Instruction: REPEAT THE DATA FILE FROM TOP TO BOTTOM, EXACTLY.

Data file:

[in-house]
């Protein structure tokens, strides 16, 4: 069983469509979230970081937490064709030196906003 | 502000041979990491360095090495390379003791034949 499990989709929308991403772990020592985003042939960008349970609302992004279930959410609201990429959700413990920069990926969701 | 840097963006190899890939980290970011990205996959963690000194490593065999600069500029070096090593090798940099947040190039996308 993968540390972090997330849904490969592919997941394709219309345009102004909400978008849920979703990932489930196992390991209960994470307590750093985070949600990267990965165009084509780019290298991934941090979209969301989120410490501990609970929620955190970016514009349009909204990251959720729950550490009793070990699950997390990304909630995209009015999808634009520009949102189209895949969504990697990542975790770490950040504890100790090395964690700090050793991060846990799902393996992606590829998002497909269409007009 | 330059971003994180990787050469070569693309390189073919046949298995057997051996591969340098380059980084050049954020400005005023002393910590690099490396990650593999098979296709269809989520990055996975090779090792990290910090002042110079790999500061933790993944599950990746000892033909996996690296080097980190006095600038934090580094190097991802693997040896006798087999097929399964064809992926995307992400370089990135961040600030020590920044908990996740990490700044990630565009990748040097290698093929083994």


[in-house]
């Protein structure tokens, strides 16, 4: 069983469509979230970081937490064709030196906003 | 502000041979990491360095090495390379003791034949 499990989709929308991403772990020592985003042939960008349970609302992004279930959410609201990429959700413990920069990926969701 | 840097963006190899890939980290970011990205996959963690000194490593065999600069500029070096090593090798940099947040190039996308 993968540390972090997330849904490969592919997941394709219309345009102004909400978008849920979703990932489930196992390991209960994470307590750093985070949600990267990965165009084509780019290298991934941090979209969301989120410490501990609970929620955190970016514009349009909204990251959720729950550490009793070990699950997390990304909630995209009015999808634009520009949102189209895949969504990697990542975790770490950040504890100790090395964690700090050793991060846990799902393996992606590829998002497909269409007009 | 330059971003994180990787050469070569693309390189073919046949298995057997051996591969340098380059980084050049954020400005005023002393910590690099490396990650593999098979296709269809989520990055996975090779090792990290910090002042110079790999500061933790993944599950990746000892033909996996690296080097980190006095600038934090580094190097991802693997040896006798087999097929399964064809992926995307992400370089990135961040600030020590920044908990996740990490700044990630565009990748040097290698093929083994």